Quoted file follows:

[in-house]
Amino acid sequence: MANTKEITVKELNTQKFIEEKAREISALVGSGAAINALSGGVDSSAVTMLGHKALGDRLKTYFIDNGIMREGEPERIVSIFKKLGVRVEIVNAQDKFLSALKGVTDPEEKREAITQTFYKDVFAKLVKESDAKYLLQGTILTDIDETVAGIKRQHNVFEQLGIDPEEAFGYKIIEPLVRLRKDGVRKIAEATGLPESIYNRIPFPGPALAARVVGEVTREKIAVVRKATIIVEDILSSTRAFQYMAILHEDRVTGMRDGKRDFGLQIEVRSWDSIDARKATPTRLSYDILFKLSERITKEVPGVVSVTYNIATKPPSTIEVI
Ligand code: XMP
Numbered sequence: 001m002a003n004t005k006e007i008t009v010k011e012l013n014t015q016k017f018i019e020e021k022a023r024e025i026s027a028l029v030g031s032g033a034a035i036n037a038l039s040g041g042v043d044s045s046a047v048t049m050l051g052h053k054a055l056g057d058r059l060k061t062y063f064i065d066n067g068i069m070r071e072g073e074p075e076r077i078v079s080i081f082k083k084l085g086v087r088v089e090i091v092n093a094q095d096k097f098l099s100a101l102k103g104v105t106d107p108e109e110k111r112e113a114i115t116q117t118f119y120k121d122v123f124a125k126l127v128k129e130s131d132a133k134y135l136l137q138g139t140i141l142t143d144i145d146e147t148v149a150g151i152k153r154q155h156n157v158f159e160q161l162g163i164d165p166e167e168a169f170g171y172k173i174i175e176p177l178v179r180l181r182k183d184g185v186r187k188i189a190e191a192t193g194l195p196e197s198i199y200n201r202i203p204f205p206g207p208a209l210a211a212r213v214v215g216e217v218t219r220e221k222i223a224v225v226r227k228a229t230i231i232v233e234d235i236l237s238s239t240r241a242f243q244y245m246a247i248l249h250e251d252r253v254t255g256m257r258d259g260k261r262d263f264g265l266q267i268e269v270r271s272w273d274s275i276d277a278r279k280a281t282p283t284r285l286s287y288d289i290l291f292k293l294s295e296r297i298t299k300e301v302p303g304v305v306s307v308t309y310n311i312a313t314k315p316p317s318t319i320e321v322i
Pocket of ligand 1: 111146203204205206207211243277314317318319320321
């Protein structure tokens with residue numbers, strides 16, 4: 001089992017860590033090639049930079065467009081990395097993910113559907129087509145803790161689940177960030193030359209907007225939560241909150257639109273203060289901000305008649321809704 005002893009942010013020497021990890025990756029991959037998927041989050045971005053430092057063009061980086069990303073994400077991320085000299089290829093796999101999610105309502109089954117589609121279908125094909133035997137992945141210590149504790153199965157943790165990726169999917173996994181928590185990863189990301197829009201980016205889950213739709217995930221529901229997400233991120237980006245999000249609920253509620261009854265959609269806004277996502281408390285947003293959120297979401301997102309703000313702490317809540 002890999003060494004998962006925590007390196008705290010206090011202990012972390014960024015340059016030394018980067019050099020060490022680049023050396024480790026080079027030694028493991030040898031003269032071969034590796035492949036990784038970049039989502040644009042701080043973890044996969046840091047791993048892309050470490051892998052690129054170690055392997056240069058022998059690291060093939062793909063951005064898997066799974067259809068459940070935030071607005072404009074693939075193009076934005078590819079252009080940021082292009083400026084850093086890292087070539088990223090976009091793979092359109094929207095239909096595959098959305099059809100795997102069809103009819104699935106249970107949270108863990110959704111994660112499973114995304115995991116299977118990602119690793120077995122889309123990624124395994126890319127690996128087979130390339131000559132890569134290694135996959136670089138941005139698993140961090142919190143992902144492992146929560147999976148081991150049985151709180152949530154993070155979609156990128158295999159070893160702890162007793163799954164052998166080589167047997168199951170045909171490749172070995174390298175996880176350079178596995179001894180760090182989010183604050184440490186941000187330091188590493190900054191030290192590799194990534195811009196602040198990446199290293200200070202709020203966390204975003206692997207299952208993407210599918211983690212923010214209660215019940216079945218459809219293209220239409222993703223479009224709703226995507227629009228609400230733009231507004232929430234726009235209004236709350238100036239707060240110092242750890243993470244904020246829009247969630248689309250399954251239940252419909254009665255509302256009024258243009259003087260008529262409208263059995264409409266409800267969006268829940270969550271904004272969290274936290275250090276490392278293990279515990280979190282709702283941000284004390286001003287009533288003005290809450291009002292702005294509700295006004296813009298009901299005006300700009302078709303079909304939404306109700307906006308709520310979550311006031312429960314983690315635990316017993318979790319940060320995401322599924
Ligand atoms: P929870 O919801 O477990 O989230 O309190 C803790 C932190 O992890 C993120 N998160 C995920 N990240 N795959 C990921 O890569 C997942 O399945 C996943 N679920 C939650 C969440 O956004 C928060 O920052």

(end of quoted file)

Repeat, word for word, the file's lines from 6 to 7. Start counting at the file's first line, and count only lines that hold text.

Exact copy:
């Protein structure tokens with residue numbers, strides 16, 4: 001089992017860590033090639049930079065467009081990395097993910113559907129087509145803790161689940177960030193030359209907007225939560241909150257639109273203060289901000305008649321809704 005002893009942010013020497021990890025990756029991959037998927041989050045971005053430092057063009061980086069990303073994400077991320085000299089290829093796999101999610105309502109089954117589609121279908125094909133035997137992945141210590149504790153199965157943790165990726169999917173996994181928590185990863189990301197829009201980016205889950213739709217995930221529901229997400233991120237980006245999000249609920253509620261009854265959609269806004277996502281408390285947003293959120297979401301997102309703000313702490317809540 002890999003060494004998962006925590007390196008705290010206090011202990012972390014960024015340059016030394018980067019050099020060490022680049023050396024480790026080079027030694028493991030040898031003269032071969034590796035492949036990784038970049039989502040644009042701080043973890044996969046840091047791993048892309050470490051892998052690129054170690055392997056240069058022998059690291060093939062793909063951005064898997066799974067259809068459940070935030071607005072404009074693939075193009076934005078590819079252009080940021082292009083400026084850093086890292087070539088990223090976009091793979092359109094929207095239909096595959098959305099059809100795997102069809103009819104699935106249970107949270108863990110959704111994660112499973114995304115995991116299977118990602119690793120077995122889309123990624124395994126890319127690996128087979130390339131000559132890569134290694135996959136670089138941005139698993140961090142919190143992902144492992146929560147999976148081991150049985151709180152949530154993070155979609156990128158295999159070893160702890162007793163799954164052998166080589167047997168199951170045909171490749172070995174390298175996880176350079178596995179001894180760090182989010183604050184440490186941000187330091188590493190900054191030290192590799194990534195811009196602040198990446199290293200200070202709020203966390204975003206692997207299952208993407210599918211983690212923010214209660215019940216079945218459809219293209220239409222993703223479009224709703226995507227629009228609400230733009231507004232929430234726009235209004236709350238100036239707060240110092242750890243993470244904020246829009247969630248689309250399954251239940252419909254009665255509302256009024258243009259003087260008529262409208263059995264409409266409800267969006268829940270969550271904004272969290274936290275250090276490392278293990279515990280979190282709702283941000284004390286001003287009533288003005290809450291009002292702005294509700295006004296813009298009901299005006300700009302078709303079909304939404306109700307906006308709520310979550311006031312429960314983690315635990316017993318979790319940060320995401322599924
Ligand atoms: P929870 O919801 O477990 O989230 O309190 C803790 C932190 O992890 C993120 N998160 C995920 N990240 N795959 C990921 O890569 C997942 O399945 C996943 N679920 C939650 C969440 O956004 C928060 O920052």